/ofile Output file. By default the input file is used and the output is written in place.
/hfile Write value histogram of input data to ASCII file.
/kfile Use FIR filter kernel from file.
This implies an automatic /f according to the number of entries in file.
/Kfile Write FIR filter kernel to ASCII file.

  1. Although 3DNow-Instructions are used when available, this is very slow. It is not recommended to use this without a 3DNow capable CPU.
  2. Using /f the file is split into frames of specified length. For each frame the RMS volume is calculated. The maximum RMS value reached by this way is taken to be the maximum volume of the file for automatic loudness correction.
    This avoids the disadvantages of the peak level, which is very sensitive to glitches, and the RMS level, which is very sensitive to silent parts. Of course, at least a IIR filter should be applied to regard some psychoacoustics - but not within this release. However, this will always stay an approximation.
  3. The clipping function is the integral of 1/(1+x^4).
  4. Remember that all normalized input data will report at least one possible clipping.

Examples and hints

Generic analysis with interactive mode
WaveTool filename /i /f1
High quality 15 Hz subsonic filter with a transition bandwidth of around 10 Hz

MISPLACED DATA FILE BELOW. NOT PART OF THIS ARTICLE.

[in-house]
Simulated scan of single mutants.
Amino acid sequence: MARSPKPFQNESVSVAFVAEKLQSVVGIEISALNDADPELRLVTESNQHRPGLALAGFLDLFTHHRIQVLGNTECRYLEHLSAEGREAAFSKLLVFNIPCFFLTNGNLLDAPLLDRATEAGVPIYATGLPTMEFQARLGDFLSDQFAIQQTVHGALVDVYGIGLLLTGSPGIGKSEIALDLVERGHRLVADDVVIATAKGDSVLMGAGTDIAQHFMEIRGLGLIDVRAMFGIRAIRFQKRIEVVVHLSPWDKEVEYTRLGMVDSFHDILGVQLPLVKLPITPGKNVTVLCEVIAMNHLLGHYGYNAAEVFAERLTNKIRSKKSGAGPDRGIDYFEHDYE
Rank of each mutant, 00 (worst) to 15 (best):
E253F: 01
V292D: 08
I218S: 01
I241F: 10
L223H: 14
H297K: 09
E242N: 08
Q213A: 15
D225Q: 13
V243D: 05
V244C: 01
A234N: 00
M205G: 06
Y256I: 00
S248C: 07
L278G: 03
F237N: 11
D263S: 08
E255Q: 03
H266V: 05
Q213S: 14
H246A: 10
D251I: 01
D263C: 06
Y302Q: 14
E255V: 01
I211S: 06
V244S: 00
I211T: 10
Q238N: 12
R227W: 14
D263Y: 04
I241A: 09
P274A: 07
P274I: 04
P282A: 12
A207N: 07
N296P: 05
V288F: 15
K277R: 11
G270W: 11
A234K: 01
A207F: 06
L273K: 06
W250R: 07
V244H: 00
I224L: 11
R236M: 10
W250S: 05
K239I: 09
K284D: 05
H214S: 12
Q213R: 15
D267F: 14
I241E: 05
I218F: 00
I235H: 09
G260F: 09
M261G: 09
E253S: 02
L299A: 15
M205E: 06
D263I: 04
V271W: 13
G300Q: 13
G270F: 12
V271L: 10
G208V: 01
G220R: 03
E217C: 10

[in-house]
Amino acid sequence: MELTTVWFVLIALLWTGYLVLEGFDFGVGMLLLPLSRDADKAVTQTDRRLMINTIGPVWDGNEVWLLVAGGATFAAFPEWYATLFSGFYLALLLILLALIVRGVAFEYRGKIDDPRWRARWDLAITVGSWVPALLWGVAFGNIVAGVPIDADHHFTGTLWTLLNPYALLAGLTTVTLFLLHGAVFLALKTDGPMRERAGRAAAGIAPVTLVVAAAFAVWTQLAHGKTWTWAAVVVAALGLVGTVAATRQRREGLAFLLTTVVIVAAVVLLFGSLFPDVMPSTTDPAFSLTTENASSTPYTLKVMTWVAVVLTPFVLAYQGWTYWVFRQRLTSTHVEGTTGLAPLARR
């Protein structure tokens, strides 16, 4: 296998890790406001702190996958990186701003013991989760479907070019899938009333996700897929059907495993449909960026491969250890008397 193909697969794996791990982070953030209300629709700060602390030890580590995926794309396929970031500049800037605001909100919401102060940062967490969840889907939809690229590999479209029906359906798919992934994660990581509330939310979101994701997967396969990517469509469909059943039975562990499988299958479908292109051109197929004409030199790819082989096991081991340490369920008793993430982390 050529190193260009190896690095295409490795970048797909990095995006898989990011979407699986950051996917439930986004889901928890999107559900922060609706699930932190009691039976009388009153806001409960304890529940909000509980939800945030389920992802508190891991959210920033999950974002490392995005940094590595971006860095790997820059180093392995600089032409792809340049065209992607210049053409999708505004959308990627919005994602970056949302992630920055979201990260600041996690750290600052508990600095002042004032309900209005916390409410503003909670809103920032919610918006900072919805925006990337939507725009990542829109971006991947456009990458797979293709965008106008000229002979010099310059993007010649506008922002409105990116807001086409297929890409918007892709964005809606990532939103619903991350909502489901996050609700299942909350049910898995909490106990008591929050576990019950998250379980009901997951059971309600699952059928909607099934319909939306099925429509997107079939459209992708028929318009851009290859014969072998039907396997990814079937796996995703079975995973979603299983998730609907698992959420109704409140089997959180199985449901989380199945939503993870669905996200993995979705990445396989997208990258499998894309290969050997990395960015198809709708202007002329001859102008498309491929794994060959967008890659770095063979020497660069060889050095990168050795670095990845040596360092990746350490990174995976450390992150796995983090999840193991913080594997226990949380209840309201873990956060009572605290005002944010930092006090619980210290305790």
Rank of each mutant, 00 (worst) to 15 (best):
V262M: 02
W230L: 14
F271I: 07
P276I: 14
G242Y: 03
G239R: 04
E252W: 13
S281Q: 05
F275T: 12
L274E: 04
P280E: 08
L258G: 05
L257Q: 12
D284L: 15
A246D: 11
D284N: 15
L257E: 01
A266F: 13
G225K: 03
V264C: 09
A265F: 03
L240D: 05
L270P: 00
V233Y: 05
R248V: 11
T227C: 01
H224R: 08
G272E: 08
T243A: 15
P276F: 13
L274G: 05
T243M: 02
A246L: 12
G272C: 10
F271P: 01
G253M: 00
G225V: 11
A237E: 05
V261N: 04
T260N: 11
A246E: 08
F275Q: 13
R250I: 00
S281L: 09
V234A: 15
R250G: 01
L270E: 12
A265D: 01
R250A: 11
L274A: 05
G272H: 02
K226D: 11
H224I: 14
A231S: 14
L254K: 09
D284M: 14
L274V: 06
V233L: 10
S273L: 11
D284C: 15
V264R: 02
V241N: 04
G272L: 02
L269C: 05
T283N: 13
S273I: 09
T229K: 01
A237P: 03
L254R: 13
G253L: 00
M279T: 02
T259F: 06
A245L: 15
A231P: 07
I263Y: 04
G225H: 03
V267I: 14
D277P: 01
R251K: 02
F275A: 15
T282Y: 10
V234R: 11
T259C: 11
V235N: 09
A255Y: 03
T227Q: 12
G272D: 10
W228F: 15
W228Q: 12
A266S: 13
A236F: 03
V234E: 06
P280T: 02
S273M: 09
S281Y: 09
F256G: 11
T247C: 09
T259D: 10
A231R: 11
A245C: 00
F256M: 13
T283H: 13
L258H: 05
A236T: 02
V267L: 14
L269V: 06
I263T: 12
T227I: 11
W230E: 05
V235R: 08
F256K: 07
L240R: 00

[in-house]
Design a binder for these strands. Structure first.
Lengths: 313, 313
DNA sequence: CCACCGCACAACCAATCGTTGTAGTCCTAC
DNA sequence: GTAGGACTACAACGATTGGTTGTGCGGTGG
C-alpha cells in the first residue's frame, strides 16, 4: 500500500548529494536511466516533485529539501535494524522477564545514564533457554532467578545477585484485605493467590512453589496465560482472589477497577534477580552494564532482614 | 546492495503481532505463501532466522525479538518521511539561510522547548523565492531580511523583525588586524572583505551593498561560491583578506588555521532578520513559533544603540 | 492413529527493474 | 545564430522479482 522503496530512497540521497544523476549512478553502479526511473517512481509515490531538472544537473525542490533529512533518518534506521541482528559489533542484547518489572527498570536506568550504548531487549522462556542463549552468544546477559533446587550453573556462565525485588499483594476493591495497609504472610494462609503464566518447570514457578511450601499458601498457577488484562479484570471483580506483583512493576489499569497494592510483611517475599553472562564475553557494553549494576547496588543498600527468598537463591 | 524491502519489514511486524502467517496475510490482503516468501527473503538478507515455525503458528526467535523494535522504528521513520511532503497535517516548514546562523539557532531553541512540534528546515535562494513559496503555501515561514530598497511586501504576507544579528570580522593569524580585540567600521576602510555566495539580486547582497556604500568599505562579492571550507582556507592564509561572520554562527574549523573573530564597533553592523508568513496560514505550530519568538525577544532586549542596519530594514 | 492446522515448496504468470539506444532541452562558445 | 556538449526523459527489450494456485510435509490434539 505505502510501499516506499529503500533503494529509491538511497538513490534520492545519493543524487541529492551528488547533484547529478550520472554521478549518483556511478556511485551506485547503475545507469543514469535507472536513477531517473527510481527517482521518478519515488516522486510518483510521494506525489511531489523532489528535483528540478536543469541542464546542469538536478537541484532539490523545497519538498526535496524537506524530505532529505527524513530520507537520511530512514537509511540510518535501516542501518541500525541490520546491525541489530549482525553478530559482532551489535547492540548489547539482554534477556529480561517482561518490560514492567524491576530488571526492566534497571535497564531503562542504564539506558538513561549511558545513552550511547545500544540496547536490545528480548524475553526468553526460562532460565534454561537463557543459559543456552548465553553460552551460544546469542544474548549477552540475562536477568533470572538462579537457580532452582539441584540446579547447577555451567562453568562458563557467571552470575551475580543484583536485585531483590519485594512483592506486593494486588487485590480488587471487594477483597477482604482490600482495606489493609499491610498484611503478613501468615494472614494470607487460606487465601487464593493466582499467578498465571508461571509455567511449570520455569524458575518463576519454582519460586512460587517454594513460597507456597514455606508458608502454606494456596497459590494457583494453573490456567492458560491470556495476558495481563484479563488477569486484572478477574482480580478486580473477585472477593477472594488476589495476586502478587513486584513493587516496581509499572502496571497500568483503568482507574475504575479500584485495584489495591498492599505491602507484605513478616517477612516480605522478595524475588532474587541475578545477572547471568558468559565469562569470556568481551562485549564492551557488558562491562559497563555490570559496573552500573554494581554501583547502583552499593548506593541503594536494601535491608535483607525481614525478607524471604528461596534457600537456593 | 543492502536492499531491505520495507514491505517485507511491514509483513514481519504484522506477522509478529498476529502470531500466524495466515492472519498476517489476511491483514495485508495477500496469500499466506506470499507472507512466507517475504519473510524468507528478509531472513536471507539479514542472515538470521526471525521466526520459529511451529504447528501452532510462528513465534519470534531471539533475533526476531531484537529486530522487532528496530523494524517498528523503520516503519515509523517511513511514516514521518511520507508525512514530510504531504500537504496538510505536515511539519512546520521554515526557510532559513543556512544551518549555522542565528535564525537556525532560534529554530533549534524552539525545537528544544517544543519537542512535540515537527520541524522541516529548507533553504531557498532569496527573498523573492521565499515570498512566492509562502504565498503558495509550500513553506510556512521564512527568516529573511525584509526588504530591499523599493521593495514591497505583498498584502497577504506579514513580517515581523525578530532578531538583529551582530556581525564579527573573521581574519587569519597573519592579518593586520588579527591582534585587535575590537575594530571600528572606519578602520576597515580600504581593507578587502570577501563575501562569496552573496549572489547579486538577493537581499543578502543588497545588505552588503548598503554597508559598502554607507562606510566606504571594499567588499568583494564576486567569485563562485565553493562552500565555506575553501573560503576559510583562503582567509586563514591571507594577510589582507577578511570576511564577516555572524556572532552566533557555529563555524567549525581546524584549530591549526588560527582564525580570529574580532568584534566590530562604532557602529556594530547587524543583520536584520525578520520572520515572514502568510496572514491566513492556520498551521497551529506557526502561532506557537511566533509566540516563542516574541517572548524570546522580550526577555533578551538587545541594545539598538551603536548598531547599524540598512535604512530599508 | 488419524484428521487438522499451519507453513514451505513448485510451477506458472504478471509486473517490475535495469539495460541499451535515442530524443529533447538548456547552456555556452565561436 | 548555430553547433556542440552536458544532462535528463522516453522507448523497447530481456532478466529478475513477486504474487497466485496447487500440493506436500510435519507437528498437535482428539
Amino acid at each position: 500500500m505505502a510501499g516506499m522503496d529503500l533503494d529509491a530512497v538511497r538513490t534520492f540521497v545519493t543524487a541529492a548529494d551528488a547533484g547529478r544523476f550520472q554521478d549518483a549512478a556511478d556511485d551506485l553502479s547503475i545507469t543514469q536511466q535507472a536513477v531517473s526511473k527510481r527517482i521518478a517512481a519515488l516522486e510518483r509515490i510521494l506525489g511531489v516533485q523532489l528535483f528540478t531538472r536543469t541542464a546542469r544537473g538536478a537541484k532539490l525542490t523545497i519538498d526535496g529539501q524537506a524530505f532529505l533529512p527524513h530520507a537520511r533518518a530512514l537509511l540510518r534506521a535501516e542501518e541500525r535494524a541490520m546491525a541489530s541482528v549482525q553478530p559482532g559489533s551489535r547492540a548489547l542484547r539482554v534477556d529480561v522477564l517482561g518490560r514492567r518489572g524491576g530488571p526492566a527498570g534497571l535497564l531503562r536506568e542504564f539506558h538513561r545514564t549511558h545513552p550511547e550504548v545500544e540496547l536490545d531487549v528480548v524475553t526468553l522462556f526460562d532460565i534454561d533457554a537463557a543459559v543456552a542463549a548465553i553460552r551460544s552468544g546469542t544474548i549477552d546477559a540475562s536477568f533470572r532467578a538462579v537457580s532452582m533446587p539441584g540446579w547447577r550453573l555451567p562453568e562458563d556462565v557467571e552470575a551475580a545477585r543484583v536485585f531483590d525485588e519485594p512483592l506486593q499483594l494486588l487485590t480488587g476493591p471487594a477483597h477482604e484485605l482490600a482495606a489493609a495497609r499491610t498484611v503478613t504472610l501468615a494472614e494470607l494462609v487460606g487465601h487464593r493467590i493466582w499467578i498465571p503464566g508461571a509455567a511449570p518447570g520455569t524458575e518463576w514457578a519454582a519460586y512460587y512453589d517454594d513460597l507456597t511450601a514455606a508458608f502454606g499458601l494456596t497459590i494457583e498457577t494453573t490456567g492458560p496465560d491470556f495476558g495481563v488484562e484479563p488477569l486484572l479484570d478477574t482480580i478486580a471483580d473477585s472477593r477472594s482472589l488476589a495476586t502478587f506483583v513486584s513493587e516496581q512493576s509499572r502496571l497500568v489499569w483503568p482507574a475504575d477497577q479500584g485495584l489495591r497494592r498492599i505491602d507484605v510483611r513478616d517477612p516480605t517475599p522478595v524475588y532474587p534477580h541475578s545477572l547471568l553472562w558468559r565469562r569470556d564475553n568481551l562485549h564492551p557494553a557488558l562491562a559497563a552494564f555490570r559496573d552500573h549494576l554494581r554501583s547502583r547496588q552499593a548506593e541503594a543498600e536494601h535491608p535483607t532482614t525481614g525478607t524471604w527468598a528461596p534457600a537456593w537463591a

WaveTool filename /F.3 /zf
Automatic loudness adjustment with DC offset removal
WaveTool filename /f /l-13 /p1.2 /zm
Analyze MP3 file
lame --decode --quiet filename - | WaveTool - /f
Generally, a moving average filter should be preferred over a global DC offset subtraction, because the computing time is normally neglectable. The filter kernel length should be long compared to the lowest frequencies. For instance 0.5 s.


This program is free software; you can redistribute it and/or modify it under the terms of the GNU GENERAL PUBLIC LICENSE.

Version 0.21
ZIP file including OS/2 binary, source and this description

The OS/2 binary requires the gcc runtime libc06b2.dll to execute (LGPL).

Porting note: This program uses direct calls to the OS/2 file system API to improve performance. This will prevent easily porting. I will create a clib version by request. It also uses i86 assembler (NASM), but the alternative standard C-Code is already included.


Version 0.21

Version 0.2


  Improved loudness detection
A frequency weighted model should be use to get a more realistic approximation to the psychoacoustic loudness. This might be done by a fast IIR filter
  Handle more file formats
At the first other wave formats like mono files should be supported.
  Different (automatically generated) filter kernels
Besides /zf other filter kernels might be useful. For instance a 15.5 kHz low-pass for FM recordings. However, in case of MP3 this can be done implicitly by the band 21 cutoff.
  FFT filter engine
For most applications convolution by FFT is much faster than the direct way, because the complexity order is reduced from O(n2) to O(n log n).


Suggestions, help, complaints (but not too much:-): Mail-address: mueller-at-maazl-dot-de

Original homepage: http://www.maazl.de/project/audio/wavetool.html